Recommendations for modding the x carve 1000 for Aluminum Milling?

Greetings to all! New here but have been watching videos and reading up on the forums for Aluminum milling. Spoke with support yesterday and told them I would be using my machine for aluminum exclusively and they suggested getting some pointers for making the machine a little more rigid for Aluminum milling from the forum here.

To start I will be only cutting 2D through 1/8 thick 6061 with a Dewalt spindle but eventually would like to start doing 3D milling of parts. Is the 1000 up to the job? Any recommendations for modding the x carve 1000 for Aluminum milling?

Any suggestions appreciated. TIA

Start here …

Personally I started with the X Axis stiffening mod using bolts between the 2 maker slides, however I decided to go a bit more rigid and converted to 1 piece of extrusion as detailed in this post.

I’ve also make sure to stiffen the Y axis by attaching brackets.

Lastly, I upgraded my GT2 belts to GT3 belts and GT3 pulleys from OpenBuilds parts store. It made a big difference in the performance w\ aluminum and makes the machine behave as if it’s carving thru butter now on harder woods.

Like anything else, YMMV, but I swear by the above mods. The only other suggestion I would make, not related to the mods, is make sure you attach the machine to a rigid surface that’s dead flat. I built a torsion box specifically for mine, and I think that’s eliminated most of the alignment problems that most others have right out of the gate.

Thank you for the link and the suggestions. I will get started.

x axis stiffening mod and it will cut 1’8" 6106 no problems. I’ve been cutting .25 6106 with no problems.

On my 1000x1000, I only had the steel bar mod between the X axis makerslides when I used the Dewalt 611 to cut out Y axis braces from 1/8" 6061. Did just fine, but I took shallow cuts (0.1mm) with the ball end upcut mill since there was likely some flex in the Y axis (hence the braces). I haven’t done any cutting since then, but I wouldn’t be afraid to try to mill 0.3-0.5mm deep now.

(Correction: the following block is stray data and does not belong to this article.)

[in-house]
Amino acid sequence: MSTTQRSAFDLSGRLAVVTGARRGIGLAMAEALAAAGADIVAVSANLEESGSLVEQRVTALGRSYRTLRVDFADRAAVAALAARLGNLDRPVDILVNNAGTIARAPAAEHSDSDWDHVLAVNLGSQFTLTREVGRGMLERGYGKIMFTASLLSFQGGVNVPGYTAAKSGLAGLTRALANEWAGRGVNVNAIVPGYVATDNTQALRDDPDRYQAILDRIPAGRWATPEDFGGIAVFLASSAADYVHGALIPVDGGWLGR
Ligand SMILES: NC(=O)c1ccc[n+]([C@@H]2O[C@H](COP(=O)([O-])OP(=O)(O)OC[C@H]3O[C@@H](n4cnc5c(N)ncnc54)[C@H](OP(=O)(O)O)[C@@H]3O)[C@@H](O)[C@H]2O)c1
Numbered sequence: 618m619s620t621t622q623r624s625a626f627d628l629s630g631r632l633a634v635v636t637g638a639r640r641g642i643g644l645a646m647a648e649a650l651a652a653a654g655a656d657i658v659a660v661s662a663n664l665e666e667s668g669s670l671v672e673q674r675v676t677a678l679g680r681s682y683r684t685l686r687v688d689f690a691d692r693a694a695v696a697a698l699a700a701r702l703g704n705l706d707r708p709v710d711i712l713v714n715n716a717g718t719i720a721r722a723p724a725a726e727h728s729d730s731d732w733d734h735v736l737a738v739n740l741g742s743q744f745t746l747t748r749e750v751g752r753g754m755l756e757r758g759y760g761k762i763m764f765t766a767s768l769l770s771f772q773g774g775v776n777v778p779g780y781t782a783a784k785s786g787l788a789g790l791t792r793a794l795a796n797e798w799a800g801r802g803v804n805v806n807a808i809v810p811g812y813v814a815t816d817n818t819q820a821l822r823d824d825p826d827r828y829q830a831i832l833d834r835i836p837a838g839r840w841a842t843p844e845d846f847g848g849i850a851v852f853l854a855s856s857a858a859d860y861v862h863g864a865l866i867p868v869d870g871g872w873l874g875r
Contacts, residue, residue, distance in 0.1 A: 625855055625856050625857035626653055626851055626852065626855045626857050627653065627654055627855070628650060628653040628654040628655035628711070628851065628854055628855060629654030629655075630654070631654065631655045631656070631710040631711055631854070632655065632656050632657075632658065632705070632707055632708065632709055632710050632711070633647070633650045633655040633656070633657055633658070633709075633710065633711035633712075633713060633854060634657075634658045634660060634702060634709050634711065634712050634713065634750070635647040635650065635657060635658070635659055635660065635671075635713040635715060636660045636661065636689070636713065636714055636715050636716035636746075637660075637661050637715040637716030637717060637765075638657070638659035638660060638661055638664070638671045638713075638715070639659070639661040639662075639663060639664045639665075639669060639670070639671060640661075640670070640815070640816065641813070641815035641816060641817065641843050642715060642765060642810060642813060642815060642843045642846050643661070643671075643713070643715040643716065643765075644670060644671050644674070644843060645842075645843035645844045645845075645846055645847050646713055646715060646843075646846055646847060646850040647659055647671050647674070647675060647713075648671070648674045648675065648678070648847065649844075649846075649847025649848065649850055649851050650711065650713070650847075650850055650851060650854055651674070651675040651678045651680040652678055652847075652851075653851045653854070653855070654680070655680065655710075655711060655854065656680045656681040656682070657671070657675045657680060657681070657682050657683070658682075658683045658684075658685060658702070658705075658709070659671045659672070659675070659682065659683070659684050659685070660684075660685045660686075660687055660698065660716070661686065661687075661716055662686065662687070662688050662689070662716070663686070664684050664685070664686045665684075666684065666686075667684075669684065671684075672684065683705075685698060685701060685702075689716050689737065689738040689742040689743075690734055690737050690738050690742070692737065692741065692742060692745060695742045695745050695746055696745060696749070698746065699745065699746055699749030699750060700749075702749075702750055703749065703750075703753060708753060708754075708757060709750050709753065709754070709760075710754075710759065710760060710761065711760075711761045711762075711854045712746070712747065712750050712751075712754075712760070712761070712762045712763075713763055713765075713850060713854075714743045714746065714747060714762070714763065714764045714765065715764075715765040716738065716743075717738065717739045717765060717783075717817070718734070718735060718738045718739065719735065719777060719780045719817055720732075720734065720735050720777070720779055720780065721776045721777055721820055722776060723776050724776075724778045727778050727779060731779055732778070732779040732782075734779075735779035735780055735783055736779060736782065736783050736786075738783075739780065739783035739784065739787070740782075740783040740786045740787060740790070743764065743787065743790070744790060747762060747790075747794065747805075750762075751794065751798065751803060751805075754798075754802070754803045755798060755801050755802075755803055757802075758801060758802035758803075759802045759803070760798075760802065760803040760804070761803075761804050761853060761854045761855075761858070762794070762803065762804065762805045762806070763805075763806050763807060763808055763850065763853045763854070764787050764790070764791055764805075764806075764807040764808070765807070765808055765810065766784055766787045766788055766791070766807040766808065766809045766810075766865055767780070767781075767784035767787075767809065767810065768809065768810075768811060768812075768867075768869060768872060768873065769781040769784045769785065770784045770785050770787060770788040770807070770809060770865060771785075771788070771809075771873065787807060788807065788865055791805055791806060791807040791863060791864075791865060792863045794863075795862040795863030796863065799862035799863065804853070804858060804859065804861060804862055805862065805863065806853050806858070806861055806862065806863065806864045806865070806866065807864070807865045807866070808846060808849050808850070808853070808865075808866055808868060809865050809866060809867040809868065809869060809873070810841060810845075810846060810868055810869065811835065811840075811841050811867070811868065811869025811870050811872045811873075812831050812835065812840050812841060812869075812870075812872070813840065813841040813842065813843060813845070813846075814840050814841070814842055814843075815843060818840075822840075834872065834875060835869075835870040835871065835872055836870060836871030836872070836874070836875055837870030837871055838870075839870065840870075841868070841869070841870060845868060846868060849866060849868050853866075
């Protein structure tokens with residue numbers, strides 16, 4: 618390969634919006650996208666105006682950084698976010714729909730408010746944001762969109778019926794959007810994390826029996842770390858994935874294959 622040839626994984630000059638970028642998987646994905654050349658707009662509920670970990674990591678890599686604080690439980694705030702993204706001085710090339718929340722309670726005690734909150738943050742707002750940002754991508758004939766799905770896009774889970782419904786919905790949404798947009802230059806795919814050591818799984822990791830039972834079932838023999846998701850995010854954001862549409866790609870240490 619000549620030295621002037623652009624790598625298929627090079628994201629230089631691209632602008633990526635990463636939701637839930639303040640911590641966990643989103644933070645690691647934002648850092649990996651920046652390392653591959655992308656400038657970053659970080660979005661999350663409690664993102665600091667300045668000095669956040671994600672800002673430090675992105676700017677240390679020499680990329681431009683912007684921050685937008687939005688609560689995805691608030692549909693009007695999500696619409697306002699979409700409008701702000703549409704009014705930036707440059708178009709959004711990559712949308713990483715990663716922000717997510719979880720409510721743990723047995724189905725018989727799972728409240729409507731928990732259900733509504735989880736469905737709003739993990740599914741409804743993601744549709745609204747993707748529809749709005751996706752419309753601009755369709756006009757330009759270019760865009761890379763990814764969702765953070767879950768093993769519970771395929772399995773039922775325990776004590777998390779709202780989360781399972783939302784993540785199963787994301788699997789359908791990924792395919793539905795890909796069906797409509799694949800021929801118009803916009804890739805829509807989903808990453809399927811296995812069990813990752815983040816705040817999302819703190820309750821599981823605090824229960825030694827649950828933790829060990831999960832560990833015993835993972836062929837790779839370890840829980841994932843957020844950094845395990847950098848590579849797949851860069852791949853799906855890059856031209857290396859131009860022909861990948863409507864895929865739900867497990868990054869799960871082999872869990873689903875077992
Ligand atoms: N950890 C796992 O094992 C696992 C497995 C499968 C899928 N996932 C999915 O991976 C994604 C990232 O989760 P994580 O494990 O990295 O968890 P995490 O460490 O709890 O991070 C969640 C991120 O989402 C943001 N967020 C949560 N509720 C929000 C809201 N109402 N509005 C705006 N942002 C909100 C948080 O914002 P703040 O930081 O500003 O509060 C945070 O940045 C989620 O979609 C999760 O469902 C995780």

Having a flat table is good, but I would recommend going one step further and flattening the wasteboard (or a sacrificial secondary wasteboard) that you will be milling the aluminum on with your router. If you have any sort of difference in height in the cut area, your depth of cut may change from shallow to not-so-shallow, and then you have a high chance of experiencing the joy of lost cuts and/or broken bits.

Thanks JDM

Robert, good point, has anyone ever just taken a large bit and done a complete surface run with the spindle over the entire wasteboard to eliminate any high or low areas? I know this might ruin some of the graphic on the board but level is more important. Has anyone ever written a gcode that would do this?

I did not surface my waste board, but I did make some sacrificial boards to bolt down to the table that I did surface. I marked the orientation and drilled the holes so I can bolt them down to the same place each time. I simply traced them with a pencil to mark where to bolt them down each time. So far it has worked well.

I’m sure people have done that with the original wasteboard, but I’m not one of them. I made a 1/2" sacrificial wasteboard and routed a flat pocket into it. The video for it is in this thread: X-Carve Maintenance/Troubleshooting Videos - Add Your Own!

I didn’t have to mess with exporting/importing g-code, I just told Easel to make a large square pocket .050" deep. I used the replicator app to put holes all the way through to the inserts as well, there’s an important lesson to be learned in that video. :slight_smile:

I think the machine is capable of outsmarting us if we let it. It just does what it is told.

I am such a fan of Inventables and Zach for this very reason. The X-Carve will do exactly what you want it to do if you outsmart it. I’ve not failed at any single task I have thrown at it. Maybe didn’t get it right the first time but certainly it didn’t take more than a time or two to figure it out.